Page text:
A thousand sunflowers: a million smiles

Sunflowers for Change is back again for summer 2015!!

Throughout April and May we’ll be recruiting volunteers to be part of this impactful community project. Now’s your chance to be part of the change – help in transforming the urban New Cross environment by creating bountiful habitats to improve biodiversity and create habitat for bees and birds.

There are a wide variety of volunteer roles available to suit your schedule and interest. It’s a great opportunity to involve yourself with an innovative community project!

Be Part of the Movement!

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And join in at our planting events: when  we’ll be transplanting our baby sunflowers into their permanent homes. Wear casual, comfortable clothes (that you don’t mind getting dirty) and sturdy shoes. Tools and gloves will be provided.

June 24th, 7 – 8:30pm

Join us planting out a final batch of sunflowers to replace some of the damaged seedlings from our first round of planting. We’ll be starting at the Lewisham Way site and then covering a few others during the 1.5 hour time slot, so please arrive promptly at 7pm so you can stick with the team as they move from site to site.

Meet on the corner of Lewisham Way and St Donats Road (just opposite the Old Haberdasher pub.

June 27th, 2 – 4pm

Join us planting out a final batch of sunflowers to replace some of the damaged seedlings from our first round of planting. We’ll be starting at the bus stop site, in front of the Lewisham homes flats and then covering a few others during the 2 hour time slot, so please arrive promptly at 2pm so you can stick with the team as they move from site to site.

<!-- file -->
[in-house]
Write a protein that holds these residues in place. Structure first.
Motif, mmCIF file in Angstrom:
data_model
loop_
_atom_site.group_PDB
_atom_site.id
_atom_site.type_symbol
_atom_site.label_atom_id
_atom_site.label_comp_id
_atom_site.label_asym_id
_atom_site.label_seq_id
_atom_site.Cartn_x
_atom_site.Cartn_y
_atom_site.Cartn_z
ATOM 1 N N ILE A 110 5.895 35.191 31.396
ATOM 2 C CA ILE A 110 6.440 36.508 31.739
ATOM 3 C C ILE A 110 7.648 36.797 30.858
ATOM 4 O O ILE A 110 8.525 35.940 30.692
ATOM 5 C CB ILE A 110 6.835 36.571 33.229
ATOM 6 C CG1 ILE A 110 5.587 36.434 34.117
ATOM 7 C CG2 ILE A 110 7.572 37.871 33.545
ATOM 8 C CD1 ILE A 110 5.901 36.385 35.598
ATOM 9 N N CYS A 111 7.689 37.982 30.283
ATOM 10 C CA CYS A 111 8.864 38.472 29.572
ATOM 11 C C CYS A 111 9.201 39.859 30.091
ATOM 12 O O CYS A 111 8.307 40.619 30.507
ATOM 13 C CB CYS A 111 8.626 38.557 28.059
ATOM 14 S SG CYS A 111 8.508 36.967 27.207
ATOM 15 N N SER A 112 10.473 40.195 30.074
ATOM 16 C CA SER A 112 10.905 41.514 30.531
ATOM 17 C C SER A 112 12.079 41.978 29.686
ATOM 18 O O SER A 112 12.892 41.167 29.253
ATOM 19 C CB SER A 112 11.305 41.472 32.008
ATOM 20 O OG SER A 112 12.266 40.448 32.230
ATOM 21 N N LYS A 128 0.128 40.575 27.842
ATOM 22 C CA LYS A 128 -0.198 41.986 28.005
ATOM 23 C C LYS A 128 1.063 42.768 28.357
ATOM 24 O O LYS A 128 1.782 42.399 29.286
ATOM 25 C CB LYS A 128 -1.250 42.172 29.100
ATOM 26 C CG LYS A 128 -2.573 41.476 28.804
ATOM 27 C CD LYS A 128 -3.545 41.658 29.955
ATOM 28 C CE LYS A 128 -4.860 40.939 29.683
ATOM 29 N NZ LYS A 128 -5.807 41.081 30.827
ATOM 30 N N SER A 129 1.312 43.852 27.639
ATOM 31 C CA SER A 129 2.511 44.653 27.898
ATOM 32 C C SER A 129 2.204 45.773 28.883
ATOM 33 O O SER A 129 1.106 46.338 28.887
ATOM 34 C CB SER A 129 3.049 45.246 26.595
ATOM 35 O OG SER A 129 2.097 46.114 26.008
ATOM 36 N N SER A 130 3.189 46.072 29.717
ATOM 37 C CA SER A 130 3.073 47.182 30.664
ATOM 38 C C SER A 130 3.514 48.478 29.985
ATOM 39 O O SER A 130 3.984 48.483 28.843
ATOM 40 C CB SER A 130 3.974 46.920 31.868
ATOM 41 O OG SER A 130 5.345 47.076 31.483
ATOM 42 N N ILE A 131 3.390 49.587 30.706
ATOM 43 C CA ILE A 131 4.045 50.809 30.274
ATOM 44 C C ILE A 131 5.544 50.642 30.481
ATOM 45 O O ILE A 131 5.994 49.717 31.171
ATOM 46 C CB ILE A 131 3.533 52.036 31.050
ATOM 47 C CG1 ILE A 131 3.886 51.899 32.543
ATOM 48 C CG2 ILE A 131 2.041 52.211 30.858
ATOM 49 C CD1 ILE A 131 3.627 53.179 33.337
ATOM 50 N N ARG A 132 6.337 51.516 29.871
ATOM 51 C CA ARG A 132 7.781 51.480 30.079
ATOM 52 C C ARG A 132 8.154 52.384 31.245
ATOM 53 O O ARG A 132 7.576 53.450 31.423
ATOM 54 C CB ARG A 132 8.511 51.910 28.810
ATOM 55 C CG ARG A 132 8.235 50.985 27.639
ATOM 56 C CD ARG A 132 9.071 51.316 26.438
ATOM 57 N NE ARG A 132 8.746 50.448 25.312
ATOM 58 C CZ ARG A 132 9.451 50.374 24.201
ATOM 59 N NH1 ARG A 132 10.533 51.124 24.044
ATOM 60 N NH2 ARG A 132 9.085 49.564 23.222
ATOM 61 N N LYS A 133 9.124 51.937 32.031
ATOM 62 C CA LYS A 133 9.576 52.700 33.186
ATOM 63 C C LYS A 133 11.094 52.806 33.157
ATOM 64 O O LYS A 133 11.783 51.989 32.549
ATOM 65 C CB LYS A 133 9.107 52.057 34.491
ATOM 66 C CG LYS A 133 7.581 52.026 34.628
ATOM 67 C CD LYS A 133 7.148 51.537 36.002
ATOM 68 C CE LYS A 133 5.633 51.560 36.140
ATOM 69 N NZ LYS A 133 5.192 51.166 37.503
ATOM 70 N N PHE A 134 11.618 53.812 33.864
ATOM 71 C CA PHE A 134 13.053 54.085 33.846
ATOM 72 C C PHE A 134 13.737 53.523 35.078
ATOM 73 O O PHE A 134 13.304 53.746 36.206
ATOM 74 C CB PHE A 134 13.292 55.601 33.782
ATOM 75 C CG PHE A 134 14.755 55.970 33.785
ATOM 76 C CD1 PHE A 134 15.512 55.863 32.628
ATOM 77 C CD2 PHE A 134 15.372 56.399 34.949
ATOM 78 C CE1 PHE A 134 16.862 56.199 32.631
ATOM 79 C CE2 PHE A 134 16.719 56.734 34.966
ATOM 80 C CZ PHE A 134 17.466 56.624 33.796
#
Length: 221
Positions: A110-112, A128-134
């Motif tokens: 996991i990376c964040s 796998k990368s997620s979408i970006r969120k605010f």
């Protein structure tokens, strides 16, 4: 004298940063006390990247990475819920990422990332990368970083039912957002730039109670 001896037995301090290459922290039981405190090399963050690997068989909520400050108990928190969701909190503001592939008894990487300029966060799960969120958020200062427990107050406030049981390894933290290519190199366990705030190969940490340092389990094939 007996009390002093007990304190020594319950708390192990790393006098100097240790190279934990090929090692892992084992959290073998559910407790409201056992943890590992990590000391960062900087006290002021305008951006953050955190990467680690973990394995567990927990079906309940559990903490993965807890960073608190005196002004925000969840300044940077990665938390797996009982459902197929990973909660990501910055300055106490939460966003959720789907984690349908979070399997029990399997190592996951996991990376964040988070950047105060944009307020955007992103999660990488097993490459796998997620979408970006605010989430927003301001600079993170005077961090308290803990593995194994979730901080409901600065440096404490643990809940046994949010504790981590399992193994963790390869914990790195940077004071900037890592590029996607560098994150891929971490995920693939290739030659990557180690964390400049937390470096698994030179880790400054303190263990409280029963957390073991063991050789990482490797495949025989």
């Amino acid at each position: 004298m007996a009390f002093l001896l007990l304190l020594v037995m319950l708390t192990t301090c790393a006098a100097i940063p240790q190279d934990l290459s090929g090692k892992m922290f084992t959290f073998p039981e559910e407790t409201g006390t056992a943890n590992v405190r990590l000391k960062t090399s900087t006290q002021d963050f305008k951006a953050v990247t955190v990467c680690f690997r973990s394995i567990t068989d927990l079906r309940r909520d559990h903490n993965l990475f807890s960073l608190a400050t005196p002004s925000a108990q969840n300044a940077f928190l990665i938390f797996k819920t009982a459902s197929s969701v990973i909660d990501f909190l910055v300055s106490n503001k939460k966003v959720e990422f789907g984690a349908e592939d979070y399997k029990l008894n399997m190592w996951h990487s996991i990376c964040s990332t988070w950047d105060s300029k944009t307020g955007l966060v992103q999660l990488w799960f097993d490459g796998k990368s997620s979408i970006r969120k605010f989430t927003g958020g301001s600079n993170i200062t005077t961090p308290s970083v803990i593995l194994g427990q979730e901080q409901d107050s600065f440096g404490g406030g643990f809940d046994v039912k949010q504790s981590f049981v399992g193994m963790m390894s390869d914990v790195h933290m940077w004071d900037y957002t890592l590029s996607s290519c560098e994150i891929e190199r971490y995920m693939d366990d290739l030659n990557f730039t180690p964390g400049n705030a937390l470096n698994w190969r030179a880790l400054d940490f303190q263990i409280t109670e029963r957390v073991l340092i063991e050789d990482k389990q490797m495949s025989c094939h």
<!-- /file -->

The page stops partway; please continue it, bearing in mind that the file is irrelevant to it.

Meet at the site planted behind the bus stop, near # 221 New Cross Road, in the front grounds of the Lewisham Homes flats, directly behind bus stop H.

Or collect seeds to sow yourself: pick some up from New Cross Learning, 283 New Cross Road or from Goldsmiths Student Union reception.

One thought on “A thousand sunflowers: a million smiles

 

Hi I love this project and helped out a bit last year. Just want to flag up the value of perennial wildlife planting too, alongside annual sunflower and meadow sowing. This is obviously valuable in terms of building community and creating colour, variety and interest – but relies on an annual commitment and funding to make it happen.
Perennial wildlife-friendlyshrubs like those planted behind Sainsbury’s petrol station adjacent to the A2 are fantastic for biodiversity, bees, other pollinators and birds. Right now they’re covered in bumblebees as they are covered in sweet-smelling flowers, and earlier in the year they were popular with songbirds including blackbirds and songthrushes – feeding on the berries. Not only that, but because the shrub is thick they were nesting in it and because it’s thick and thorny it keeps out predators and vandals. No work is needed, no watering so very sustainable – why don’t we plant more of these type of shrubs around, alongside the sunflowers and meadows? So there’s something for wildlife all year round? This is something I have experience in when I worked for London Wildlife Trust’s Natural Estates project.

David Wild

Wildlife Photographer at Growwild.org.uk
I'm obsessed with photography, taking on projects involving animals, environmental causes and gardening projects. I live in London, in the United Kingdom.

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